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Old 27th January 2011, 05:34 PM   #16
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Originally Posted by DF96 View Post
As soon as someone says that he prefers "musical" to "clinical" I assume that he is not interested in reconstructing the signal immediately after the anti-alias filter, but merely hearing a pleasing sound.
reconstructing the signal immediately after the anti-alias filter ???????
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Old 27th January 2011, 05:43 PM   #17
DF96 is offline DF96  England
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Yes. You can't reconstruct the signal before the anti-alias filter as you don't have enough information.

In case of confusion, the anti-alias filter is a brick-wall filter in the recording system which ensures that the signal going in to the ADC is band-limited - hence preventing aliases. People sometimes confuse this with the reconstruction filter in the CD player - this filters out images above 22.05kHz. It is easy to confuse aliases and images, as they are related issues.
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Old 27th January 2011, 06:14 PM   #18
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Quote:
Originally Posted by DF96 View Post
Yes. You can't reconstruct the signal before the anti-alias filter as you don't have enough information.

In case of confusion, the anti-alias filter is a brick-wall filter in the recording system which ensures that the signal going in to the ADC is band-limited - hence preventing aliases. People sometimes confuse this with the reconstruction filter in the CD player - this filters out images above 22.05kHz. It is easy to confuse aliases and images, as they are related issues.
I really don't know what you are talking about.
How and at which point do you want to immediately reconstruct the signal after the adc filter ?
I guess you want to say, people do not care to filter after the DAC, so they hear a subjective pleasant sound.
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Old 27th January 2011, 06:25 PM   #19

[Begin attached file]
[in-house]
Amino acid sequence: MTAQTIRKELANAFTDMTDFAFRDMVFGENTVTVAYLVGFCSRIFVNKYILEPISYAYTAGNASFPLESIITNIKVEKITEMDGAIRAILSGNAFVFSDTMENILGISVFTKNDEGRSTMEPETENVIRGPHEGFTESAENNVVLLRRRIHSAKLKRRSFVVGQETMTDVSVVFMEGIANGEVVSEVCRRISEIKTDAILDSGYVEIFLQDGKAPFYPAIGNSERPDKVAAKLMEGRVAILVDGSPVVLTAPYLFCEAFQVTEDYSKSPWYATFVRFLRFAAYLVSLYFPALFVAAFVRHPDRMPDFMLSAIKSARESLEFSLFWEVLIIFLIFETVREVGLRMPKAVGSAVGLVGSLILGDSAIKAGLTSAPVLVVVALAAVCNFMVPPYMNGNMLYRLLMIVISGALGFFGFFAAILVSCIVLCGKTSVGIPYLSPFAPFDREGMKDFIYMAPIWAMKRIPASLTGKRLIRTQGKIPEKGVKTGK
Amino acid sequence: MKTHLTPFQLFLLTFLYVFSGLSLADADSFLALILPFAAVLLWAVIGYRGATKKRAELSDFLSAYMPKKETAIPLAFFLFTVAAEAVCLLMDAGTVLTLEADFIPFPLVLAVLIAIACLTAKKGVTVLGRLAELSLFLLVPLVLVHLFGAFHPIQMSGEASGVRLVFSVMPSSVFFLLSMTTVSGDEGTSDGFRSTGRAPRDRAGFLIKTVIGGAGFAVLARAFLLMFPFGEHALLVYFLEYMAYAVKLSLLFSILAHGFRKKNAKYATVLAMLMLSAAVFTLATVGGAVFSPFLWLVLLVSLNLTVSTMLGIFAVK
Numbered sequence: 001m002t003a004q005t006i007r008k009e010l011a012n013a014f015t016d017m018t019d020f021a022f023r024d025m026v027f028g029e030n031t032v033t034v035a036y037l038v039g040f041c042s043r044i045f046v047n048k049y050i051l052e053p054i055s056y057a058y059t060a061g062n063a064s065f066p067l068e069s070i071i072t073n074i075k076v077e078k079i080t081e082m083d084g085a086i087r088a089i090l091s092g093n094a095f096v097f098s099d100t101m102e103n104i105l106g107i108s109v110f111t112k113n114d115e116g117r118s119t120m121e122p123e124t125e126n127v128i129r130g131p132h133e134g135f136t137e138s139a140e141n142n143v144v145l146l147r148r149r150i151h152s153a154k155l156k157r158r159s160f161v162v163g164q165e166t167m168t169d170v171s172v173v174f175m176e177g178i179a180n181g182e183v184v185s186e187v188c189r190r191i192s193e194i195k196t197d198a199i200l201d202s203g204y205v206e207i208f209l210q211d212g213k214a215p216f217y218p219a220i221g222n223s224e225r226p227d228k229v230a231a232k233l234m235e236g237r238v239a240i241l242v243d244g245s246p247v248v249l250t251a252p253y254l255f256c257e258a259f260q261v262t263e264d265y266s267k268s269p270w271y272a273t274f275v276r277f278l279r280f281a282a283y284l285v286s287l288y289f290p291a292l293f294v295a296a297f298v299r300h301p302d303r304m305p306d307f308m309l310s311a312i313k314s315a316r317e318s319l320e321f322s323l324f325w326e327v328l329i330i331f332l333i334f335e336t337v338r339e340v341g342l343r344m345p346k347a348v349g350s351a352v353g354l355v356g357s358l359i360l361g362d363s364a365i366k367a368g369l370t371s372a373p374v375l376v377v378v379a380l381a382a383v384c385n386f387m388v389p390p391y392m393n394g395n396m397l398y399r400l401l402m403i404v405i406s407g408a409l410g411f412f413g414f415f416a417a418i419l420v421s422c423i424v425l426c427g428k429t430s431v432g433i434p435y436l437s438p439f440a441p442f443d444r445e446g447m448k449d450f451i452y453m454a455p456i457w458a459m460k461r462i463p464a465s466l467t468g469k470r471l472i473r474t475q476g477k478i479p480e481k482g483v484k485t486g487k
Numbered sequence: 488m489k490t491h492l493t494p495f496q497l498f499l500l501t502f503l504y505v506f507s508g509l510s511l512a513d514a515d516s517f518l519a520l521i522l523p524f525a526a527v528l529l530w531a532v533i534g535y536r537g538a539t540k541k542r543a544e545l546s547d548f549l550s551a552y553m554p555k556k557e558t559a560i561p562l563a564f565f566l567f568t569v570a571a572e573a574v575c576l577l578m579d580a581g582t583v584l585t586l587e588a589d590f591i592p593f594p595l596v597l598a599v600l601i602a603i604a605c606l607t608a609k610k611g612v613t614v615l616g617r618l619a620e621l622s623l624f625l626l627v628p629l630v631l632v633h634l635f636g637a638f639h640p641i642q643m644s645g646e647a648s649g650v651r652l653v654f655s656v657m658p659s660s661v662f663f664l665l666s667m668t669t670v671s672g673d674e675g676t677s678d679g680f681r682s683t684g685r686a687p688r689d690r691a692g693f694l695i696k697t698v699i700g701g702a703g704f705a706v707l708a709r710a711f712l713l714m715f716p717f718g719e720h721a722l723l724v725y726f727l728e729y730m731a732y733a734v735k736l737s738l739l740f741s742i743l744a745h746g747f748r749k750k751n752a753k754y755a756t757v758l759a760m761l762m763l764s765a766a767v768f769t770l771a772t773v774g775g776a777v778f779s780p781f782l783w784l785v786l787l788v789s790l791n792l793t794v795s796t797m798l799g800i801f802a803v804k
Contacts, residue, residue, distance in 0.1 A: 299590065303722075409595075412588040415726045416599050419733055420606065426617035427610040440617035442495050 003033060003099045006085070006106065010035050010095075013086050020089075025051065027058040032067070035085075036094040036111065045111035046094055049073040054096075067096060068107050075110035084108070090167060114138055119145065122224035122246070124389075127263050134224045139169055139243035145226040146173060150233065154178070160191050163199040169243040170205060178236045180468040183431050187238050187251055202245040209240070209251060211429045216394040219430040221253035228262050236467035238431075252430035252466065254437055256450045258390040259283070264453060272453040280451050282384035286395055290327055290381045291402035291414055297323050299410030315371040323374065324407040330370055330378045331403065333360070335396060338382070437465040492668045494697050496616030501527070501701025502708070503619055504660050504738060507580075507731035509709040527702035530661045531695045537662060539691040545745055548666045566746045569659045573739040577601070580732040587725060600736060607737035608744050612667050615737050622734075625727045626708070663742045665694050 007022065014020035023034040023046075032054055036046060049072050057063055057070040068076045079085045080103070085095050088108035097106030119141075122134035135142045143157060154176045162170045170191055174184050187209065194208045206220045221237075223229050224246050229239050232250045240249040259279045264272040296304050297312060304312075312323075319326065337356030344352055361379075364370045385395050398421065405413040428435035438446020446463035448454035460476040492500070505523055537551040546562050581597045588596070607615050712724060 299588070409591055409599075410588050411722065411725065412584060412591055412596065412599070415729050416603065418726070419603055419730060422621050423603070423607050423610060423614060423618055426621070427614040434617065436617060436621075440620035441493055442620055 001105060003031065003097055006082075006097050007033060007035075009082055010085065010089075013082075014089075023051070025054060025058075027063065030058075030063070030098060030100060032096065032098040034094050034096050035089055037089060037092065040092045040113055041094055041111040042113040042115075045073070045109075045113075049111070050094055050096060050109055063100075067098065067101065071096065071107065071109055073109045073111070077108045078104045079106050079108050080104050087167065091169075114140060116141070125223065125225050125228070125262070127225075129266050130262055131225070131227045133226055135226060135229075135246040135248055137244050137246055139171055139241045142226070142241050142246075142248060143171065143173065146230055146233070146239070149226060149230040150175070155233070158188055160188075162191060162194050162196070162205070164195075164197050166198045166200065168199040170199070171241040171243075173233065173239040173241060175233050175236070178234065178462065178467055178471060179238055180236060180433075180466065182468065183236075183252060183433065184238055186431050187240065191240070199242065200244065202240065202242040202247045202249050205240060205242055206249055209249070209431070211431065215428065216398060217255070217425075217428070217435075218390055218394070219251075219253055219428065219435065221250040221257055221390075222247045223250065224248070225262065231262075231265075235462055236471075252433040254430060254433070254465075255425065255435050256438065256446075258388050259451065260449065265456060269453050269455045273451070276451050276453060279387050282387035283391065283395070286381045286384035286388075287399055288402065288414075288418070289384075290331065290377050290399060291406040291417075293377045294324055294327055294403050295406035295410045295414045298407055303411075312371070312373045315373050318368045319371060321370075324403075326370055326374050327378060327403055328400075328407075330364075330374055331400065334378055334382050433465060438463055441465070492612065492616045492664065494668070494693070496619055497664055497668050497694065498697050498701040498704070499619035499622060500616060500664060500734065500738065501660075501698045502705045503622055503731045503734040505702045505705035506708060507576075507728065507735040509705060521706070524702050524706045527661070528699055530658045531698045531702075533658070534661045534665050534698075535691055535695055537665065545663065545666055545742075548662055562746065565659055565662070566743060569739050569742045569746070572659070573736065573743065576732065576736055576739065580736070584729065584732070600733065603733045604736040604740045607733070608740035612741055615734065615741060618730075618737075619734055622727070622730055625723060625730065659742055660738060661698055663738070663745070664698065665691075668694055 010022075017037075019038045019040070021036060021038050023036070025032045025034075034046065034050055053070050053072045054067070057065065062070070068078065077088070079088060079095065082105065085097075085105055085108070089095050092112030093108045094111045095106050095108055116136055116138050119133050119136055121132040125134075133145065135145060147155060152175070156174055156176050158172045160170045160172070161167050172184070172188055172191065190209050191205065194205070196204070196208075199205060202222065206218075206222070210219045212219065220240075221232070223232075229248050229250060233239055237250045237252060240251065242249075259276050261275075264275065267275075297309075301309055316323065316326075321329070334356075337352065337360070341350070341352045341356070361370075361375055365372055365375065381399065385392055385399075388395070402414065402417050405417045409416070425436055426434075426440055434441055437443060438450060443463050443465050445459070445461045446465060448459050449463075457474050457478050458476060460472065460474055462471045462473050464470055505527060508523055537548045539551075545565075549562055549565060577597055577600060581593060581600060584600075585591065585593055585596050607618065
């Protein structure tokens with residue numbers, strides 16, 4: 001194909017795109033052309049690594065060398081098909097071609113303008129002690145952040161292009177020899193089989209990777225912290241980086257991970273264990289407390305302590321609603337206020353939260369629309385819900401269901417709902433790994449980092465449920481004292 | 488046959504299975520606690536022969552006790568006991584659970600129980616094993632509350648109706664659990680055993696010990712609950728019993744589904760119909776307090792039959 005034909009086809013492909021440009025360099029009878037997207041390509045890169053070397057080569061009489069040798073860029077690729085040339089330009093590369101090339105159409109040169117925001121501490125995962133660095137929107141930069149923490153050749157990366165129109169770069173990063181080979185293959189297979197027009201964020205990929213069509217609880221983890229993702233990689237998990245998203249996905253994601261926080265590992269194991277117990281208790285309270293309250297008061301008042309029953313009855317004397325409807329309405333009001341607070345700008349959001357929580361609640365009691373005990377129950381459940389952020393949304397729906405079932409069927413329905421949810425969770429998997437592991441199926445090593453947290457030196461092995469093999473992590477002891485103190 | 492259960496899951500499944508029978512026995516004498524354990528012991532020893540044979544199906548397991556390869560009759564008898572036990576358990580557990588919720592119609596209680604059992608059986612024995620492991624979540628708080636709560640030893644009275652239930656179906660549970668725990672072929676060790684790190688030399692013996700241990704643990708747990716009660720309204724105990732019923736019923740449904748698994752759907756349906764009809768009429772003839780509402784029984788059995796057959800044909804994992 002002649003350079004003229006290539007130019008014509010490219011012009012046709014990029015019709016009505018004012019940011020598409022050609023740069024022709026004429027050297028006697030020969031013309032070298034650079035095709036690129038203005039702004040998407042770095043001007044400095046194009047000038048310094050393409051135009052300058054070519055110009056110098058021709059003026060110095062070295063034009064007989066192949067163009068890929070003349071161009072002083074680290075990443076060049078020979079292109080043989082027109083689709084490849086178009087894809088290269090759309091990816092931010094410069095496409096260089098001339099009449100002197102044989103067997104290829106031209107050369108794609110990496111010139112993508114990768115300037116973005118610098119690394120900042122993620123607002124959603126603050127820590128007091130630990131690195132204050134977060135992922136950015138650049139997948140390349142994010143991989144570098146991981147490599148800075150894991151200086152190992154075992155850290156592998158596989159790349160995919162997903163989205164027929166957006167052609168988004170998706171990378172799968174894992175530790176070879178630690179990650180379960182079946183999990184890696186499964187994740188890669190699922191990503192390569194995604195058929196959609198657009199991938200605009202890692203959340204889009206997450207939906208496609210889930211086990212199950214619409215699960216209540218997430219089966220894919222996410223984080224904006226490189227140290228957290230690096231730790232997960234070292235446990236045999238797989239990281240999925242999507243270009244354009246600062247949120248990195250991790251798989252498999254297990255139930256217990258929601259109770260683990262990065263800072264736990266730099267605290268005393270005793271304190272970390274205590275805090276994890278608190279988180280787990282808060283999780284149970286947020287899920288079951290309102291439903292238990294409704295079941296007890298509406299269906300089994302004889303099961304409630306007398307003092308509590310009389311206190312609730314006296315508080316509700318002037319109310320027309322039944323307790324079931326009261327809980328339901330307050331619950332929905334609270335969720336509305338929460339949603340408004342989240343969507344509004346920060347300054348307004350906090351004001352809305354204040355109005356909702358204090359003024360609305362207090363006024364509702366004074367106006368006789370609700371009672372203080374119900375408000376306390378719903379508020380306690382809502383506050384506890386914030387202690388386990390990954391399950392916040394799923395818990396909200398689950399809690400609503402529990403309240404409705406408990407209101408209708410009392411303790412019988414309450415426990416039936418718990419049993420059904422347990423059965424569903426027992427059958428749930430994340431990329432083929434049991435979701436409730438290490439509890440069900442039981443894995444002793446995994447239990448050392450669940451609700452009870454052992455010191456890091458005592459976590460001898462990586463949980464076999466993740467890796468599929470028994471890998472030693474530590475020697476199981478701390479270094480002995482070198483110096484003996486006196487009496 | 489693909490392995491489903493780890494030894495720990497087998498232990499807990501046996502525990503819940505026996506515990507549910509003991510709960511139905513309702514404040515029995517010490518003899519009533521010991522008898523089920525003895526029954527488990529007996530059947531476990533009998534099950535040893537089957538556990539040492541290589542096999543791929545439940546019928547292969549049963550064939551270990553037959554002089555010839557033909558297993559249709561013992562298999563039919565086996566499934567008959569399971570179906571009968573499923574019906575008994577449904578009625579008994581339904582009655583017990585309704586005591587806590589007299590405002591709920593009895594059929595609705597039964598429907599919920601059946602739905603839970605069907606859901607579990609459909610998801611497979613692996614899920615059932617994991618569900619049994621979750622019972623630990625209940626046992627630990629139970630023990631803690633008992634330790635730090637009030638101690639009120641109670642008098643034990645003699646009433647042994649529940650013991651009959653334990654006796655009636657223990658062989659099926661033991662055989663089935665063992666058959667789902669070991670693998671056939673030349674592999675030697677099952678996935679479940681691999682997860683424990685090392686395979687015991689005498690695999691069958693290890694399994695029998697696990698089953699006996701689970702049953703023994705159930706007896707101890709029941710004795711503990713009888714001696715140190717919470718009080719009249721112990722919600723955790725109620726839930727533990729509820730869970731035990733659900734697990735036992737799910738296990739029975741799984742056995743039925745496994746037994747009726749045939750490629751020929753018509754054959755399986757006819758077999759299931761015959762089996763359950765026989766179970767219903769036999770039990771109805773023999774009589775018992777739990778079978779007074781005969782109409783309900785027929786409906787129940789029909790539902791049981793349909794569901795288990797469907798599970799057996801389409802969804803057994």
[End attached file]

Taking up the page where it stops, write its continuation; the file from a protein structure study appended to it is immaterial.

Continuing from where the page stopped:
DF96 is offline DF96  England
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What I am saying is that in the playback device it is not possible to recover (by reconstruction) the signal which originally appeared in the recording device just before the anti-alias filter. You seemed to be questioning this. Maybe I misunderstood your comment:
Quote:
reconstructing the signal immediately after the anti-alias filter ???????
It is possible to reconstruct the signal which appeared after the anti-alias filter in the recorder. This what OS in the player does. NOS does not do this, as it omits the reconstruction filter.
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Old 27th January 2011, 06:31 PM   #20
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Quote:
Originally Posted by DF96 View Post
You will see NOS fans show pictures of ringing on a square-wave output from an OS system. What they usually don't tell you is that this ringing has not been added to the signal by the OS, but is the result of subtraction (of higher frequencies) before the ADC in the recording system- exactly what the anti-alias filter is supposed to do! This signal is actually on the CD, and OS reconstructs it faithfully. NOS smears the edges, because is has a sinc-type HF frequency droop and at the same time adds images above 22.05kHz which were never there in the original signal.
That OS ringing shown by NOS fans is preringing, precisely.
NOS has post ringing only.
Wether or not NOS has a sinc-type HF frequency droop or not, depends on the designers choice to compensate for it or not.
OS does have it too, but it is compensated in the OS filter, which means another tinkering on the signal with arithmetic operations that have finite resolution.
If images are not filtered, again this is the designers problem, not that of NOS.

By the way, most recent custom os filters are claimed to not show preringing and to sound more analog.